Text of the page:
F or many people associated with this University, Wednesday’s release of the Wainstein report was almost cathartic. It is nice, in some ways, to have everything out on the table, to have the denizens of Pack Pride message boards no longer be the reigning authority on UNC’s misdeeds.
But the Wainstein report doesn’t solve our problems — it only details them. Two questions that we and the University remain tasked with answering are why this happened and what’s next? Over the long term, we must address the conditions that incentivized these violations and remove them from this University and its athletic department.
It is crucial that UNC be a national leader in this regard. Students and fans should be unequivocal in their call for increased transparency and reform, not only at UNC but throughout the structures that govern the national relationship between athletics and academics. Though the academic fraud detailed in the report seems to be a thing of the past, the pressures that led to it are not.
This problem did not begin with Deborah Crowder, and it has not ended with her departure. A popular topic of debate is whether this was an academic scandal or an athletic one. While non-athletes did benefit from paper classes, it seems beyond question that they were created with athletes in mind. UNC and hundreds of other schools around the country are still in the business of admitting and keeping eligible many student-athletes who are in no way prepared for the rigors of university-level work.
For better or for worse, student-athletes are not like most students, especially those competing in men’s basketball and football.
The University has tacitly acknowledged this with its provision of remedial classes and the institution of the Complete Carolina program. But it is merely trying to make the best of problems caused by an NCAA framework that insists the opposite. It is time for UNC to take decisive action and no longer be complicit in providing incentives for fraud.
This is not to say that the University’s susceptibility to institutional pressure should exonerate it from the consequences of its crimes. More local incentives, such as the desire to protect the University’s lofty reputation rather than acknowledge its struggling student-athletes, cannot be ignored.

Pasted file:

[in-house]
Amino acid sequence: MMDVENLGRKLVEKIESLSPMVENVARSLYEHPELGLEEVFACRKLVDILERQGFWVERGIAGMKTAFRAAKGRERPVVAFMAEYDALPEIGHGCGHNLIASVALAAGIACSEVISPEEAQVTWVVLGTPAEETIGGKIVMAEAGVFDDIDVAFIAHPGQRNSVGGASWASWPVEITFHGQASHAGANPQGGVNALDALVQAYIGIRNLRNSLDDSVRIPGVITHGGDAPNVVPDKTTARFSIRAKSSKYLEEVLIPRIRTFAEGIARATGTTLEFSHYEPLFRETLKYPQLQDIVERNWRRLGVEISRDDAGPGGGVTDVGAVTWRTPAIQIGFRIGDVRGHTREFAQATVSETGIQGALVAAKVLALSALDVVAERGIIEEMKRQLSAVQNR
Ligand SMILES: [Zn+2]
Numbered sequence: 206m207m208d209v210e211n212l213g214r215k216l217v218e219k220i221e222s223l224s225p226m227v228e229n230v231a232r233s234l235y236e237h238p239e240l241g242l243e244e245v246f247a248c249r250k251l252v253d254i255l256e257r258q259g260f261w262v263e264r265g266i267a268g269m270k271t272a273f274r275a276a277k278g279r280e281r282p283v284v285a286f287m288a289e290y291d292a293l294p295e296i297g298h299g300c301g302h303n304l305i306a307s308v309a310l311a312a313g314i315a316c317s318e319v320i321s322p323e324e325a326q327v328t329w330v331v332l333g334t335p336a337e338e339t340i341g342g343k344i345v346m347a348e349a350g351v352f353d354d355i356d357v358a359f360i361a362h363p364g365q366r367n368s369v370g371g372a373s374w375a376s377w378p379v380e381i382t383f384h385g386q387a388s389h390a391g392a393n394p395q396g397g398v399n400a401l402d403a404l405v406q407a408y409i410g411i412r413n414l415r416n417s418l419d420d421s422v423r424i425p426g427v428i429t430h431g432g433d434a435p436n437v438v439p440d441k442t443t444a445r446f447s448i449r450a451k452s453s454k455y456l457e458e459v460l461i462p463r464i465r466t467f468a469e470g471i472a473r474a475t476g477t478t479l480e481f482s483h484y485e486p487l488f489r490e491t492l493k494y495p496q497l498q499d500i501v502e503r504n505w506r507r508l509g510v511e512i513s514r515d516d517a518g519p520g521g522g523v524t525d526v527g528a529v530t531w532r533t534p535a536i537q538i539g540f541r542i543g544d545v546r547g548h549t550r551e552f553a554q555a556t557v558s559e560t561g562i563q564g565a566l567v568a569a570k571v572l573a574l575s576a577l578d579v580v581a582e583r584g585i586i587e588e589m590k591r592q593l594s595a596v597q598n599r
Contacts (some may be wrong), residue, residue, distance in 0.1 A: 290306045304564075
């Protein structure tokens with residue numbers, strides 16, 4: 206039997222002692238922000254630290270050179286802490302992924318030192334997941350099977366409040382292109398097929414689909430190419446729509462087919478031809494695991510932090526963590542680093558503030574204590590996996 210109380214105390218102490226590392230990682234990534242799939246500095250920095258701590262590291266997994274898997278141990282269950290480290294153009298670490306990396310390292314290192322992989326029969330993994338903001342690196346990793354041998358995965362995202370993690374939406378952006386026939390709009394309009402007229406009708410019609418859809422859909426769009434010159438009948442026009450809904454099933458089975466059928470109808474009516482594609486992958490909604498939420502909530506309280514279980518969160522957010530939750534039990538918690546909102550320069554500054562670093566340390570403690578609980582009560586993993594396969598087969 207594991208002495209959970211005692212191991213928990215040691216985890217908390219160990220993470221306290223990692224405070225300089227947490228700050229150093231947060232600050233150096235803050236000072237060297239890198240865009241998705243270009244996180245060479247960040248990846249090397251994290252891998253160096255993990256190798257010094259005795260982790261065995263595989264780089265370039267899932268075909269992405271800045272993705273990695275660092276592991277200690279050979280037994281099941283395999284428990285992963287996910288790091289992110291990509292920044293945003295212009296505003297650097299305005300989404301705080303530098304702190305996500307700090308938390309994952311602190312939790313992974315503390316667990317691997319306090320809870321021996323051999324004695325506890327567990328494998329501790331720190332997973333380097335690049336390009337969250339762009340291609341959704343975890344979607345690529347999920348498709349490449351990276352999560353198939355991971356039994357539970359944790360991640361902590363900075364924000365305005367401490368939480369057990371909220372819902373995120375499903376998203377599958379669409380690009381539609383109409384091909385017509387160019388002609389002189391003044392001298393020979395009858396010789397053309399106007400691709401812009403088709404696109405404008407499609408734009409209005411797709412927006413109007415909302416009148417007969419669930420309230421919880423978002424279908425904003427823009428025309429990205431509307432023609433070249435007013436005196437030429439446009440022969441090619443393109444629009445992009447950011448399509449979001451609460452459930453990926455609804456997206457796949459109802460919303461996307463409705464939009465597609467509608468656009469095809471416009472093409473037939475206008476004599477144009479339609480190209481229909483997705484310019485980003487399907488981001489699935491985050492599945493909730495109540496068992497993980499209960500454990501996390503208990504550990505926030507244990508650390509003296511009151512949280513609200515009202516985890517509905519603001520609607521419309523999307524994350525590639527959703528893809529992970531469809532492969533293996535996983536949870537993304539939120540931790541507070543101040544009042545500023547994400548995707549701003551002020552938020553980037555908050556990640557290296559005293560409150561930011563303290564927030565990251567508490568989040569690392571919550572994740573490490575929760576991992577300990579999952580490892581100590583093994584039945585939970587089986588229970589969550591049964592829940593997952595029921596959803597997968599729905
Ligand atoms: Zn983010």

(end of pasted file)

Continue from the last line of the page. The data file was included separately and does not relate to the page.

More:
It appears that the school has taken steps to provide more effective oversight to the troubled programs. Chancellor Carol Folt is clearly taking this report and its implications extremely seriously.
It is our hope that her seriousness will translate into a willingness to take on larger structural issues, even if UNC must go at it alone. A problem of this scale cannot be solved with patchwork regulation. It requires a broader rethinking of the role UNC has played in upholding institutions that force universities to hold many student-athletes to an impossible standard — at the student-athletes’ expense.
Now is the time for this debate. In the days to come, the narrative of what has occurred will crystallize further. Once the dust settles, the specifics of this case will give way to questions concerning the viability of the current student-athlete model.
To be sure, large numbers of student-athletes are perfectly capable of academic success. But the current system ensures that those abilities take a back seat to their athletic performance both in recruitment and upon arrival at UNC.
The University should look into reforms de-emphasizing the pretense that student-athletes admitted on the basis of their athletic abilities must perform in the classroom at the same pace as students admitted for their academic achievements.
It would be ridiculous to ask those students admitted for their academics to box out Jabari Parker, and it would take a similar amount of fraud to convince anyone that they could.